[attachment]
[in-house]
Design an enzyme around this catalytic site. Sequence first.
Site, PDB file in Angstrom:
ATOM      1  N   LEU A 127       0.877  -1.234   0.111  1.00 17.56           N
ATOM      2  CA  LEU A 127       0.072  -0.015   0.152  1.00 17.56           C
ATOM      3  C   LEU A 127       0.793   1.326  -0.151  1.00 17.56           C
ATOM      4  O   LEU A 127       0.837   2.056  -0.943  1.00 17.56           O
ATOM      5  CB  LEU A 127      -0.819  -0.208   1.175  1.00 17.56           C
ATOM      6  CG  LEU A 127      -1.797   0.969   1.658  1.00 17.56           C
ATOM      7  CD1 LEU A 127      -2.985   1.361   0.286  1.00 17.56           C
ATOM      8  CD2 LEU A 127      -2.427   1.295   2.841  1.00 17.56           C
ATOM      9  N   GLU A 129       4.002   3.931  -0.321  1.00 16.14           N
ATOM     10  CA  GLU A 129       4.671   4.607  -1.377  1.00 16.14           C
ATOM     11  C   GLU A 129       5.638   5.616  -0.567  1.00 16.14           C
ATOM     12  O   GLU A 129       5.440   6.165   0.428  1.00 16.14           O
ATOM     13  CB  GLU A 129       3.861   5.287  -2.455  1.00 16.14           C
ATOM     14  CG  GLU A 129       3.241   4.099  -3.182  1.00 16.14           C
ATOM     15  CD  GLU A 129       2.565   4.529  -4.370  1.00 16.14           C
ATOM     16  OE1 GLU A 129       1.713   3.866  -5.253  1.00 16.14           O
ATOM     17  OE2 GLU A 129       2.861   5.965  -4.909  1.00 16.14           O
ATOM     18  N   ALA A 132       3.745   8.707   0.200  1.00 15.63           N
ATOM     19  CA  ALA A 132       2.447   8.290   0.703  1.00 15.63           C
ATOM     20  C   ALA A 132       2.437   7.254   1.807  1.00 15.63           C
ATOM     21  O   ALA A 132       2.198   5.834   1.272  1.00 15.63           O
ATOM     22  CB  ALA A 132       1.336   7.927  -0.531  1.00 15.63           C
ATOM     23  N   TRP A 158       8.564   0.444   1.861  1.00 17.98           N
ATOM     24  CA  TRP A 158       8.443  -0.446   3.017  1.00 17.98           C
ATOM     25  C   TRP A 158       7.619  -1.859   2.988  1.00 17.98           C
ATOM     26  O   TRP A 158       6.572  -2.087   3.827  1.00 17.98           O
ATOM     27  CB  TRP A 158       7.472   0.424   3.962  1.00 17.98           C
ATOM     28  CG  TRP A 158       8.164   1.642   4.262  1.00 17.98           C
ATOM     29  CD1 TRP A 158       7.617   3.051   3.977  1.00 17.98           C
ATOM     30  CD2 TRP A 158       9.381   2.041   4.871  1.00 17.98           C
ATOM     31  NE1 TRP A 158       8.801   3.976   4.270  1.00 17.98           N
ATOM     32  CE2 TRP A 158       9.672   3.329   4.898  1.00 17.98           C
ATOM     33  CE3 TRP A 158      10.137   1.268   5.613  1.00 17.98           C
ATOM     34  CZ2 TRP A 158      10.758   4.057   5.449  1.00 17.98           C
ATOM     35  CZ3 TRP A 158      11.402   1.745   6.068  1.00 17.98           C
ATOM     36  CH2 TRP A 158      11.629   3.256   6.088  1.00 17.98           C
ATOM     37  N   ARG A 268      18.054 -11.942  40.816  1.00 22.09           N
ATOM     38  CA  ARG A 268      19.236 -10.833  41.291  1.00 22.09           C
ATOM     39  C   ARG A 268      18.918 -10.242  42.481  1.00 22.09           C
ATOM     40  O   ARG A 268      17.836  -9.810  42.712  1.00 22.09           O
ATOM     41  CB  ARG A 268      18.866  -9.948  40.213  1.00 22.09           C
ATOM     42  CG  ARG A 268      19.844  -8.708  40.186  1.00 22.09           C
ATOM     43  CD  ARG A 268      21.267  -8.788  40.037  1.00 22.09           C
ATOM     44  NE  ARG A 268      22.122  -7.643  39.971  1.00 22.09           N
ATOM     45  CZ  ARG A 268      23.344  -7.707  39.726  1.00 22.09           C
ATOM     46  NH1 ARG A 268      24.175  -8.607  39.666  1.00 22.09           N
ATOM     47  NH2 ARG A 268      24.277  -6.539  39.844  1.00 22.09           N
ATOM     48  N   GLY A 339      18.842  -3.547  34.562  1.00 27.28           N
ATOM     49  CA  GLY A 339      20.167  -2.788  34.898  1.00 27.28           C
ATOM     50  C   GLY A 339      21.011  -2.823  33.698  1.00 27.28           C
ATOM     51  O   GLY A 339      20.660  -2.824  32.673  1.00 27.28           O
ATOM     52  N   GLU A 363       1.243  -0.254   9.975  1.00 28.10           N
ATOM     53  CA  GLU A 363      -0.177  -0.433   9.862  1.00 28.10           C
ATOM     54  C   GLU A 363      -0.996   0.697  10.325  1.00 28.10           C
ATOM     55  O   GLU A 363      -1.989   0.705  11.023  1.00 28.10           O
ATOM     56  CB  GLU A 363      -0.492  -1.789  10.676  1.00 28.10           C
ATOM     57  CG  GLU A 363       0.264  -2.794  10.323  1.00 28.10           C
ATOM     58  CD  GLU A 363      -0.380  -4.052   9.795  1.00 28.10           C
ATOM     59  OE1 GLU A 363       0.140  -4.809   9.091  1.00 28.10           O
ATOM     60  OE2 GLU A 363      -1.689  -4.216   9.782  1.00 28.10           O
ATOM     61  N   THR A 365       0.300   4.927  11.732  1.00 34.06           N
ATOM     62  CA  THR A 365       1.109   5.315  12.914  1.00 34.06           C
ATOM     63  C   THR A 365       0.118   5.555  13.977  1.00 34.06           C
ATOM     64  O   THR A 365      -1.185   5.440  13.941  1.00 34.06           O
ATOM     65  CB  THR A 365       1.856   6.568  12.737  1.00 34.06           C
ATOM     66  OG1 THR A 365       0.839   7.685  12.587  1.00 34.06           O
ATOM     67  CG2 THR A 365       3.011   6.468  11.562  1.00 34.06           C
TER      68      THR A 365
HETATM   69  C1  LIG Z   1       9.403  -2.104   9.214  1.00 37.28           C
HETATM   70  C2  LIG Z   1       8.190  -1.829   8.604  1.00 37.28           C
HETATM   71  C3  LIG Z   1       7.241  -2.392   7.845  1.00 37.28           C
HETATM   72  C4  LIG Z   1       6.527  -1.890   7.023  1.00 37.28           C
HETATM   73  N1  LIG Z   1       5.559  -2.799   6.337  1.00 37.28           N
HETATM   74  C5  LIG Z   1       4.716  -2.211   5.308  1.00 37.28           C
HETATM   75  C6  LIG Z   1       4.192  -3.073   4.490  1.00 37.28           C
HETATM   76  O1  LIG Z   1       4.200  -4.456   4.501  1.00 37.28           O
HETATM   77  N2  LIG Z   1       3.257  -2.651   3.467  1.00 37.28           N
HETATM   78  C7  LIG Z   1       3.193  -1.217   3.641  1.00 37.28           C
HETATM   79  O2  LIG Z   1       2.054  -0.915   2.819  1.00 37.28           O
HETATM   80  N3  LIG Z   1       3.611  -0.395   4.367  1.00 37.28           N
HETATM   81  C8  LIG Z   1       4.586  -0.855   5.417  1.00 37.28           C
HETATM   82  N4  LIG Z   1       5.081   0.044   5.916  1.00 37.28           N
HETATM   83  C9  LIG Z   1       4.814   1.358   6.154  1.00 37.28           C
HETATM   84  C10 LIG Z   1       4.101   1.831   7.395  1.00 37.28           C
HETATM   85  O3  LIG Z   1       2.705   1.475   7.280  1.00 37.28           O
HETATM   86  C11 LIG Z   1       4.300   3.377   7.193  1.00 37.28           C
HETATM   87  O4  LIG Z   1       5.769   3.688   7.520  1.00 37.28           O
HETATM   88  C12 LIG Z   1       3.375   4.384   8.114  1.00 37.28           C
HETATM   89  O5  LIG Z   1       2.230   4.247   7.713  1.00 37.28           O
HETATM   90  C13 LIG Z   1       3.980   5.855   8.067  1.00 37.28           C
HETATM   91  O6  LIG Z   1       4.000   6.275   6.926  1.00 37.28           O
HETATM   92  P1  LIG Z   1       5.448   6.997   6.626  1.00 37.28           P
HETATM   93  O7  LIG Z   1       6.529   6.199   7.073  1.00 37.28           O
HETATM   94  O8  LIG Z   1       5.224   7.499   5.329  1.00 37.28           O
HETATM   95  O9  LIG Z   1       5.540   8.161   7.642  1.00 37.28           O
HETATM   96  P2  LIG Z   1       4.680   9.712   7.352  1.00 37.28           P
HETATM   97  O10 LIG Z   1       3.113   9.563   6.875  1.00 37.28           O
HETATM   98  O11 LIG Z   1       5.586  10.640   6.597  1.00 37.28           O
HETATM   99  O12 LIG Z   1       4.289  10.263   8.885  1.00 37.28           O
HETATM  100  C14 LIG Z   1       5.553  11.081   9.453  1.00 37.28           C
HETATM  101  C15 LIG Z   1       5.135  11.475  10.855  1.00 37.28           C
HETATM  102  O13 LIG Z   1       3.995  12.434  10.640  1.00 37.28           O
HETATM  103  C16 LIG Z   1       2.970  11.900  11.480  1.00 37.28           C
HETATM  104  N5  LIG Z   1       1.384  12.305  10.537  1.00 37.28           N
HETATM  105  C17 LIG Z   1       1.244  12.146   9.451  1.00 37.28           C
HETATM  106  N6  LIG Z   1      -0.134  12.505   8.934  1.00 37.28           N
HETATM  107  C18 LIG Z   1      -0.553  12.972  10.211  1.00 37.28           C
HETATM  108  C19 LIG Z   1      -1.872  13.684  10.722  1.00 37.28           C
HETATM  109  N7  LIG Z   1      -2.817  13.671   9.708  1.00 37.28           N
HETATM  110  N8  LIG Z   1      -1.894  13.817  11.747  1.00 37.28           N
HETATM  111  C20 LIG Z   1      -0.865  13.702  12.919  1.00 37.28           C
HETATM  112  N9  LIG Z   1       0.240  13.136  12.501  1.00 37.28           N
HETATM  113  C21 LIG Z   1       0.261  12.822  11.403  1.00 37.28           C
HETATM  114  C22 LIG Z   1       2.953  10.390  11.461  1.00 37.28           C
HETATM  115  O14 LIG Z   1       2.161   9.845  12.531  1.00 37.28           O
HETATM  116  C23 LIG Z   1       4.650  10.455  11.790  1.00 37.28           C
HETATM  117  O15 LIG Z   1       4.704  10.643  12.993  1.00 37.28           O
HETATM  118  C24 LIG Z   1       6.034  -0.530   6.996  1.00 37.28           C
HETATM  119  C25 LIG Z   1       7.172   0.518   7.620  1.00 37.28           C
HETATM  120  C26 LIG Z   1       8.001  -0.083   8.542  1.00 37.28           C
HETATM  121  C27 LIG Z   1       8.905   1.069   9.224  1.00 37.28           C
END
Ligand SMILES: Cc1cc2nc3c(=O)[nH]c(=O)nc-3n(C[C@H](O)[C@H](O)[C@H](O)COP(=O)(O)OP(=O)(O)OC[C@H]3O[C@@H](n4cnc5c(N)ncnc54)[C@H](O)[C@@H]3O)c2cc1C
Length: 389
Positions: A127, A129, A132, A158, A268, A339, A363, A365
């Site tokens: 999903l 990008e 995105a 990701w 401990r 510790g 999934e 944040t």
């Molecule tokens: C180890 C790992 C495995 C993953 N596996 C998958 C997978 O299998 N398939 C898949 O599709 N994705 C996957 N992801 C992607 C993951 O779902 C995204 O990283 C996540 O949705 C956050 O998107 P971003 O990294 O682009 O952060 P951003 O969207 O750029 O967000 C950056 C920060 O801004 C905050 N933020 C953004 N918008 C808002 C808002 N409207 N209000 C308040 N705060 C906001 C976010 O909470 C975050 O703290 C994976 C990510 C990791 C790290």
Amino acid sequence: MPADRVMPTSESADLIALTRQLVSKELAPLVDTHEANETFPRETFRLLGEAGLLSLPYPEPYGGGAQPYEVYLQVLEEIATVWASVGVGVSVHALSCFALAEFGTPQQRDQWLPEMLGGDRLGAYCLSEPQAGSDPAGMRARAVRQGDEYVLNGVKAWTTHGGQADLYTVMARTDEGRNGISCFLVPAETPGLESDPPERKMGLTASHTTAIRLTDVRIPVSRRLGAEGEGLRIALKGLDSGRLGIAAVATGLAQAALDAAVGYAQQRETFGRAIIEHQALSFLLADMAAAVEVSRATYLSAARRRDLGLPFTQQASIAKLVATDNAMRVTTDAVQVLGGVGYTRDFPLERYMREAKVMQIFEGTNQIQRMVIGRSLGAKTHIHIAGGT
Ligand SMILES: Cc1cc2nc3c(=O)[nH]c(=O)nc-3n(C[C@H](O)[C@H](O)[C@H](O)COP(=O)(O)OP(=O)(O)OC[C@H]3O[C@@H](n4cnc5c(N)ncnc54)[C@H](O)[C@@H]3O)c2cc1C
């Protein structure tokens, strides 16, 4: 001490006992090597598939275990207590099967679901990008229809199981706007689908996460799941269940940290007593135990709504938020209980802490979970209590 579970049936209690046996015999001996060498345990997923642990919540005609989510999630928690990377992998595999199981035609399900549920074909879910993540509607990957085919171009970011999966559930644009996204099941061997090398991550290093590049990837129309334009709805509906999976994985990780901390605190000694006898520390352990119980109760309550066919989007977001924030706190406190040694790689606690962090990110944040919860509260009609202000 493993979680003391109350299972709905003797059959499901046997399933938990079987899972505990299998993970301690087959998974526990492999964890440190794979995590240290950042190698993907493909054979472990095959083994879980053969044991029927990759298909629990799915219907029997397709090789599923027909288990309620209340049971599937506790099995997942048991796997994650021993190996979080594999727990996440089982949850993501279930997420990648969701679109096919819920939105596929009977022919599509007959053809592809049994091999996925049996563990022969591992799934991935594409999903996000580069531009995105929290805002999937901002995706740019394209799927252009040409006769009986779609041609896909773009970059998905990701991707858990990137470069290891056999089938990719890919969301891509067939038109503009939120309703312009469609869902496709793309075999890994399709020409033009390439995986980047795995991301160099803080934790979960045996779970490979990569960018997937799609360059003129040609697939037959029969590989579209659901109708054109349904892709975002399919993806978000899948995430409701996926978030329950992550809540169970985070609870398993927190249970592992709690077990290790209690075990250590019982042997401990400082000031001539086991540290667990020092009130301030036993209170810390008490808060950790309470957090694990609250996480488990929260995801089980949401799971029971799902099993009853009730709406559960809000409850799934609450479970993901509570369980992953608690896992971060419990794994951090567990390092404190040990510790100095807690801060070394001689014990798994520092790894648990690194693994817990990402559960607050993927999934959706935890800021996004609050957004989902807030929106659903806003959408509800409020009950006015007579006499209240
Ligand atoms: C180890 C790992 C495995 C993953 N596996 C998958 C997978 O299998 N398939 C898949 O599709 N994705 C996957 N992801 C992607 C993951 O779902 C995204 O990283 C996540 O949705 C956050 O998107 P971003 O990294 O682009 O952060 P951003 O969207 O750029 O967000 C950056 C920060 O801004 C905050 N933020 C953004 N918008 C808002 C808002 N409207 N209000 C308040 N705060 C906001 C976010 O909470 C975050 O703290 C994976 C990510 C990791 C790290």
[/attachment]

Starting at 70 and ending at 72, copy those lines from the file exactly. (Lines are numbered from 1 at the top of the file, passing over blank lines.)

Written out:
ATOM     67  CG2 THR A 365       3.011   6.468  11.562  1.00 34.06           C
TER      68      THR A 365
HETATM   69  C1  LIG Z   1       9.403  -2.104   9.214  1.00 37.28           C